• How will members or volunteers sign into the community? Do you want to leverage a Single Sign On (SSO) so that users have the same credentials whether they’re logging into your website, community or other platforms?

If you’re looking for more details on how to select the right Community vendor, check out our Technology Buying Guide.

4. Plan How You’ll Structure the Community

Once you’ve chosen a partner, you’ll work together to align on how to structure the online community to meet your needs. There are many questions that your software vendor will ask to ensure that you are set up for success and they may include:

Public vs. Private: When you’re building your online community, you’ll need to think about if anyone can join your community or if you want to restrict access to members only. The latter option provides a good incentive for members to see more value in joining (and remaining) a member of your organization. However, it may be beneficial for volunteer- or donor-based organizations to have a public community and reduce the barriers to join the community.

How You’ll Elicit Engagement: In the early days of your community, it will be important to guide members on how they can participate and engage. How will community managers elicit input and ensure visibility for your key programs and activities? You can leverage the newsfeed within your community to make sure that users see what’s most important in the community. Your community managers should analyze engagement within the community and regularly make recommendations to optimize. But it’s important to start with a thoughtful approach that is intuitive and easy to navigate by your users.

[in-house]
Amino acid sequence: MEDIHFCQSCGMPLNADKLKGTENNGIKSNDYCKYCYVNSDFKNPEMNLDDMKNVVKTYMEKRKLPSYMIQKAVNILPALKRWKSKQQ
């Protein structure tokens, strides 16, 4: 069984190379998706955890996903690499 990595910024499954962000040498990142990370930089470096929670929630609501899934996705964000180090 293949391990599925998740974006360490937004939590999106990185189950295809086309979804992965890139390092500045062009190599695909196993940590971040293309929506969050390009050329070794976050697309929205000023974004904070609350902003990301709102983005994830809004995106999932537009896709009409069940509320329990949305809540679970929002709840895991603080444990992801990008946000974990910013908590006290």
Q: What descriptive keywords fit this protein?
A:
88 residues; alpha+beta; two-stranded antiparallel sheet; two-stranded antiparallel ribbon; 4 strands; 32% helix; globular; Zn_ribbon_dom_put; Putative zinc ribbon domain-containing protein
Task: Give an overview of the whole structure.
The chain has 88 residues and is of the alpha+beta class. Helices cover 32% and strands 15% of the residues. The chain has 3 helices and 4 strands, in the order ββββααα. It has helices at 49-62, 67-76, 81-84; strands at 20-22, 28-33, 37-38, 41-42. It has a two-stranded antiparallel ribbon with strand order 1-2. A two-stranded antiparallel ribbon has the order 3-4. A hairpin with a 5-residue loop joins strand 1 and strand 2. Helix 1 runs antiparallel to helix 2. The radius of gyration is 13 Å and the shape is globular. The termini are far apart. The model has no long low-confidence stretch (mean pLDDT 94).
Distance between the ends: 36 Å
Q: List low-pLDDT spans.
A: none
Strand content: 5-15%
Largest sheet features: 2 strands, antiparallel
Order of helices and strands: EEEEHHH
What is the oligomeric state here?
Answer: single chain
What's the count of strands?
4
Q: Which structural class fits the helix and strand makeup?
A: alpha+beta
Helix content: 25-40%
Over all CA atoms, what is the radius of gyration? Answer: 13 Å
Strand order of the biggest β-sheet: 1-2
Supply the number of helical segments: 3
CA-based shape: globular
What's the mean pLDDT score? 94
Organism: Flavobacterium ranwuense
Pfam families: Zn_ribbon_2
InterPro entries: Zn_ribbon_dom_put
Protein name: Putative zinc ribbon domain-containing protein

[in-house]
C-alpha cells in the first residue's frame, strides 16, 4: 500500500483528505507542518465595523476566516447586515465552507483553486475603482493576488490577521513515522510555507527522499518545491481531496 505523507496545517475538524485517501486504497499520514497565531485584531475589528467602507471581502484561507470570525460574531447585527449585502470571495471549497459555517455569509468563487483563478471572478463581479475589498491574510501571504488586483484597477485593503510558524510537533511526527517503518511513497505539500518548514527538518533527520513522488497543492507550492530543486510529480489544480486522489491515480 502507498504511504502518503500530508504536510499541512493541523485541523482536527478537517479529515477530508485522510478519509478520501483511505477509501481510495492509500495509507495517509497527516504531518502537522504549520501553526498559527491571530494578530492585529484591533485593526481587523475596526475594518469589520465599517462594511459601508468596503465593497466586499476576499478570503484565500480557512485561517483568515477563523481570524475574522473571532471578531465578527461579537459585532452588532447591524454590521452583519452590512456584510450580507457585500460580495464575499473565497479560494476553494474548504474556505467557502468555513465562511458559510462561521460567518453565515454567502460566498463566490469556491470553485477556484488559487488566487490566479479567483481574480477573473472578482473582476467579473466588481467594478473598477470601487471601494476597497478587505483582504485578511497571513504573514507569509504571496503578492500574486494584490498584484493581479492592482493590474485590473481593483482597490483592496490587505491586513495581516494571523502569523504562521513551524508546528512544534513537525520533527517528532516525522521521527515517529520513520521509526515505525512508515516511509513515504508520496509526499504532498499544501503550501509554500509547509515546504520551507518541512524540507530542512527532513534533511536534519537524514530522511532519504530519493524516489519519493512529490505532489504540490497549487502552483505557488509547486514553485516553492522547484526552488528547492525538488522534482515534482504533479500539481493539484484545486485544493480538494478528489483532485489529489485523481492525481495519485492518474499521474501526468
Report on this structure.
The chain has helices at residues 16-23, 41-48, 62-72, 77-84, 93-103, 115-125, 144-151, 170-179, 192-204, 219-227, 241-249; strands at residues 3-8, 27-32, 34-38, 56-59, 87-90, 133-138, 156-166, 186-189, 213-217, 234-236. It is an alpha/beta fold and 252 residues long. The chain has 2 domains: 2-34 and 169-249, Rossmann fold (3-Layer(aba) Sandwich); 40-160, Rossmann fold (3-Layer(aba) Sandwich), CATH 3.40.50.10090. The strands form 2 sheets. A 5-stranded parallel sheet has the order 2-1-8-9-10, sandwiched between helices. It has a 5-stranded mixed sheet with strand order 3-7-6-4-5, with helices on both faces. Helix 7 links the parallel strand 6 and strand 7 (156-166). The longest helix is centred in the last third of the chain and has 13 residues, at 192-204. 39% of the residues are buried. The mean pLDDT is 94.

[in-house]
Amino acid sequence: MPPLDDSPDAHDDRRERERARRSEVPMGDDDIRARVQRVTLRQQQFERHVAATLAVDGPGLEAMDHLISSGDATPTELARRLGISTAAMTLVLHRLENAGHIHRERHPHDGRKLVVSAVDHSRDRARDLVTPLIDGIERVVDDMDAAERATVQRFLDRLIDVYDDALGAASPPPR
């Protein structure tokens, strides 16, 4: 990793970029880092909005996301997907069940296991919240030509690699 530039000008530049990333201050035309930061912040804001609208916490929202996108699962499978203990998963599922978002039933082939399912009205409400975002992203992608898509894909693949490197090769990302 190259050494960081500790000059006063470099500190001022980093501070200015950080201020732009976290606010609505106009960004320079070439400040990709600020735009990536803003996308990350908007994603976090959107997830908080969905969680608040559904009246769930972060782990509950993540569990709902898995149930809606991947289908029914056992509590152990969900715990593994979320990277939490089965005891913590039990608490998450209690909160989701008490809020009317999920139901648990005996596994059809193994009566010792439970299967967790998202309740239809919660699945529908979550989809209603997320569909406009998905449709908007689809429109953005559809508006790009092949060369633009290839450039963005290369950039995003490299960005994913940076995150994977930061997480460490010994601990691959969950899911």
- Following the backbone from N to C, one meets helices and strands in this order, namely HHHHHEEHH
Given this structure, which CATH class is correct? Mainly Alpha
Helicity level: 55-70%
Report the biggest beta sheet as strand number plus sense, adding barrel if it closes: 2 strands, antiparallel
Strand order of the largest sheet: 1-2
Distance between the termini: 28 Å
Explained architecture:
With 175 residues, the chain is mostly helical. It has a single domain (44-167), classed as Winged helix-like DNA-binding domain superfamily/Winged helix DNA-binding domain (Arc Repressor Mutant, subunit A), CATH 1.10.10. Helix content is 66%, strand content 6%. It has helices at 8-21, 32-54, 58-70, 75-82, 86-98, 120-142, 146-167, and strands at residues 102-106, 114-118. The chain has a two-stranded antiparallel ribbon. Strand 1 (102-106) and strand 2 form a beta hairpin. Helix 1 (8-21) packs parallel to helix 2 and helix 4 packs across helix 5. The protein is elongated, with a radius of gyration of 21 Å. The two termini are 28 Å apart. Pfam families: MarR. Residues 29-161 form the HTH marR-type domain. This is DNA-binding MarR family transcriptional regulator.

Align on Team Responsibilities: Revisit your list of internal stakeholders from earlier in the process and make sure it is clear who will be responsible for approving new users, moderating discussion boards, helping users navigate the community and more. The community should not be a siloed activity that a specific team or department is responsible for but, rather, multiple teams—including your organization’s leaders—should help cultivate and grow engagement within the community.

Set up Gamification: Will you assign badges for different types of members, volunteers or donors? How will users accrue points for various activities and types of engagement?

5. Determine Launch Date, Promotion and Onboarding Plan

You’ve got the building blocks in place and are ready to bring your community out into the world! Here are some things to keep in mind as you are working towards the big day:

Soft Launch: Consider hosting a soft launch with a group of members who are willing to provide input on their initial experiences. They can help you look for bugs or other issues and their comments and likes will help generate content to make the community feel vibrant when all members are invited in and to have some experts help them along the way.